It’s important to note that hypertension is a silent disease. Many people may have it and not even know it, so it is important to have regular check-ups and monitor blood pressure levels to prevent dementia later in life.
Maintaining normal blood pressure levels in the 30s and 40s can help avert cognitive function as you grow older. Here’s how you can do it:
- Maintain a healthy diet: Consuming a diet high in fruits, veggies, lean proteins, and whole grains can help lower blood pressure.
- Exercise regularly: Regular physical activity lowers the pressure in the arteries by strengthening the heart and reducing stress.
- Limit alcohol intake: Limiting alcohol intake to recommended levels prevents high blood pressure. For men, this means consuming no more than two drinks per day, and for women, no more than one drink per day.
- Maintain a healthy weight: Being overweight or obese increases your chances of developing high blood pressure, so maintain a healthy BMI through diet and exercise.
- Reduce stress: Chronic stress can raise blood pressure, so find ways to manage stress, such as through meditation, gentle yoga routine, or therapy.
- Avoid smoking: Smoking raises blood pressure, so quitting smoking is a key step in preventing high blood pressure in your 30s and 40s.
- Monitor your blood pressure regularly: Keeping track of your BP through regular check-ups can help you identify any potential issues early on and take steps to address them.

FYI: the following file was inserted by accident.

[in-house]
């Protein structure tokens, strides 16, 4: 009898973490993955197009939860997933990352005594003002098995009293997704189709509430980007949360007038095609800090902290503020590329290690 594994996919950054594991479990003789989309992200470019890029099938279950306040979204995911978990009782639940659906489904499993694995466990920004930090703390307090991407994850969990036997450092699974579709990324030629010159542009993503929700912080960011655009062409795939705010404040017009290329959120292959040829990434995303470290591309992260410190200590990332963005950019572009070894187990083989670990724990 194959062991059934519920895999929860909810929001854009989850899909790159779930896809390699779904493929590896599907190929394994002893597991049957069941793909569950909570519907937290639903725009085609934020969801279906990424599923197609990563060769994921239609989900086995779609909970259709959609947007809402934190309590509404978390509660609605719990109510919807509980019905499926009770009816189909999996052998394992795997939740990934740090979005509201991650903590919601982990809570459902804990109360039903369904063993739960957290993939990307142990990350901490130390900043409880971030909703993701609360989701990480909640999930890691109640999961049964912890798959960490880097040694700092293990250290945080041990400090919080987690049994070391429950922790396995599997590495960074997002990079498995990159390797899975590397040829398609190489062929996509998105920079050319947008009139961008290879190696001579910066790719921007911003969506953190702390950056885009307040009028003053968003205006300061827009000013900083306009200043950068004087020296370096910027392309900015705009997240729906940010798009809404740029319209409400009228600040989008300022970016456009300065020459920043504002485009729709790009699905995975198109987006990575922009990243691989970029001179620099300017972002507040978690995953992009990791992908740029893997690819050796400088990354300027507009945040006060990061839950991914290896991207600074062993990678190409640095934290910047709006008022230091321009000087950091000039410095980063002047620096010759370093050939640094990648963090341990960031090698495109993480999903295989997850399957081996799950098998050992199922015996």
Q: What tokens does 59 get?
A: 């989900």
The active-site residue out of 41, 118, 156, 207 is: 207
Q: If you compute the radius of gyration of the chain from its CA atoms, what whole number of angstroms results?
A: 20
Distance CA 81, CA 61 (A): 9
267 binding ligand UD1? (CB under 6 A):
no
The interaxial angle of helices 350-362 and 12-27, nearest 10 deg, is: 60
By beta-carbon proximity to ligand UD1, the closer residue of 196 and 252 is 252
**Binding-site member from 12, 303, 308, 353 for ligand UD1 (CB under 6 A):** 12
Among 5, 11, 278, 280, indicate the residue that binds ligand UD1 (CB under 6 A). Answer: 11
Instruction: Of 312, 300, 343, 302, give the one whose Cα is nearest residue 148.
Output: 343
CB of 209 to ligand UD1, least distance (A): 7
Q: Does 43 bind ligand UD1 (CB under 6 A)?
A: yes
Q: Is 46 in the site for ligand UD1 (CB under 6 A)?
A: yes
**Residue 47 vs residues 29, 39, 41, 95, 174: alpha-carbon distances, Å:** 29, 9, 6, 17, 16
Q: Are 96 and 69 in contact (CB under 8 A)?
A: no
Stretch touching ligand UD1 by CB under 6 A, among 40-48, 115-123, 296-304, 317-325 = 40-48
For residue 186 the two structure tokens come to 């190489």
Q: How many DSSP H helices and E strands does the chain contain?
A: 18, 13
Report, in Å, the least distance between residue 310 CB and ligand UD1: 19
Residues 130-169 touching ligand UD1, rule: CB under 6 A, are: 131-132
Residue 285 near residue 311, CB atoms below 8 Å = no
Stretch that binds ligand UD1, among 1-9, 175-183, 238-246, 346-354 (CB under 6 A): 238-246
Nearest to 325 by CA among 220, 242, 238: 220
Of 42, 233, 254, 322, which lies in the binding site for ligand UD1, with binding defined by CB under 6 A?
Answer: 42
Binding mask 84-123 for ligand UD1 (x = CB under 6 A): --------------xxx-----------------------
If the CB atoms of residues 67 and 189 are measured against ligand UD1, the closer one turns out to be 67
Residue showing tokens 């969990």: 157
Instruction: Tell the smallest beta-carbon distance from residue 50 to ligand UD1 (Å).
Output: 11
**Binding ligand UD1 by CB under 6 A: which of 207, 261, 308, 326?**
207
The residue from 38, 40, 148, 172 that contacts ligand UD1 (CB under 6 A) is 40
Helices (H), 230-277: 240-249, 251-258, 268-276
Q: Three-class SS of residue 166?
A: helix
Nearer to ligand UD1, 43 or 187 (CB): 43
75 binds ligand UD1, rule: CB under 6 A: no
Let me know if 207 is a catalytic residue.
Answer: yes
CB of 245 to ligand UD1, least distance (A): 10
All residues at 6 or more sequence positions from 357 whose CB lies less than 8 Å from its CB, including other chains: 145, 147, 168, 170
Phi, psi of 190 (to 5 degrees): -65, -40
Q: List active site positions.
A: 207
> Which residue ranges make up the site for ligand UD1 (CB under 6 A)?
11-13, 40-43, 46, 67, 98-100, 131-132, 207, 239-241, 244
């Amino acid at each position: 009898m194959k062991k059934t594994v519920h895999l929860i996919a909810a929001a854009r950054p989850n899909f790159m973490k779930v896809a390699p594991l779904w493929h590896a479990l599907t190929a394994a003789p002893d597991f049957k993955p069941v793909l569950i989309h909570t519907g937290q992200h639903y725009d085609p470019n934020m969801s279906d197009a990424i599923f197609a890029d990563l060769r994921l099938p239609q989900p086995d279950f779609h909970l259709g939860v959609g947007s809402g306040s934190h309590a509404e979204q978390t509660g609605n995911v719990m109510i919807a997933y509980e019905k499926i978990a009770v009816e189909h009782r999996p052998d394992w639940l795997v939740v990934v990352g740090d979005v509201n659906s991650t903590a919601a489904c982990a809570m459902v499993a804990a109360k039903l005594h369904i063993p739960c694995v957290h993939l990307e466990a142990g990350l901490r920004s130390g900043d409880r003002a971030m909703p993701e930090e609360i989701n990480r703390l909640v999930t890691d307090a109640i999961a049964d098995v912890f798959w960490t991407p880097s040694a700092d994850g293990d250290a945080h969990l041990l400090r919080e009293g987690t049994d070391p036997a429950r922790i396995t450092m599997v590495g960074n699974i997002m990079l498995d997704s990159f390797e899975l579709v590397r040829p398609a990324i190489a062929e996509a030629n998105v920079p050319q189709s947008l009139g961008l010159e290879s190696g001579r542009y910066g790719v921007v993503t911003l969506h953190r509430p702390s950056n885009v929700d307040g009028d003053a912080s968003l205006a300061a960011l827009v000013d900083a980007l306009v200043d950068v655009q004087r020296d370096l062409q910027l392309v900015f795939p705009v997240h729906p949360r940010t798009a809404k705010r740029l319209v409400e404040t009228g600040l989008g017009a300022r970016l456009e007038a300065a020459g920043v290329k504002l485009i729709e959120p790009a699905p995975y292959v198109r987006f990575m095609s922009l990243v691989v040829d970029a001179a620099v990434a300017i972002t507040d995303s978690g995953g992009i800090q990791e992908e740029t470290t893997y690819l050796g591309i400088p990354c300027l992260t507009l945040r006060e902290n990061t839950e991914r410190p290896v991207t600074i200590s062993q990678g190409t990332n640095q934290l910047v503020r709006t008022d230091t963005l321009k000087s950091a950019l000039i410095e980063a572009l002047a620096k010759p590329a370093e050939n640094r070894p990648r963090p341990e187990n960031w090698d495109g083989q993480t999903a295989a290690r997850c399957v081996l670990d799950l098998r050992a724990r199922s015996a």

- Use the medication as prescribed: If you have been prescribed medication to manage HBP, it is essential to take it as directed by your doctor and to follow up with them regularly to monitor its effectiveness.
- Keep an eye on your salt intake: Consuming too much salt can raise blood pressure, so watch your salt intake and choose low-salt options when possible.
- Natural supplements: The best blood pressure supplements will nourish your body with the nutrients that will in turn keep your blood flow in the vessels at a healthy level.
- Get enough sleep: Sleep plays a key role in regulating blood pressure, so get 7-8 hours of sleep per night to help keep blood pressure levels in check.
As hypertension has been identified as a risk factor for the development of dementia, effectively managing and controlling blood pressure may play a role in reducing the likelihood of dementia in later years.
Adopting a healthy lifestyle, which includes consuming a balanced diet, getting regular exercise, and ensuring adequate sleep, in addition to effectively managing stress, can aid in blood pressure control and, in turn, decrease the risk of dementia.
Shang Xianwen, et.al., “The Association of Age at Diagnosis of Hypertension With Brain Structure and Incident Dementia in the UK Biobank” Originally published4 Oct 2021 https://doi.org/10.1161/HYPERTENSIONAHA.121.17608 Hypertension. 2021;78:1463–1474
Livingston Gill, Prof, MD, et.al., “Blood Pressure Control and Dementia Risk in Midlife Patients With Atrial Fibrillation” Originally published16 Mar 2020 https://doi.org/10.1161/HYPERTENSIONAHA.119.14388Hypertension. 2020;75:1296–1304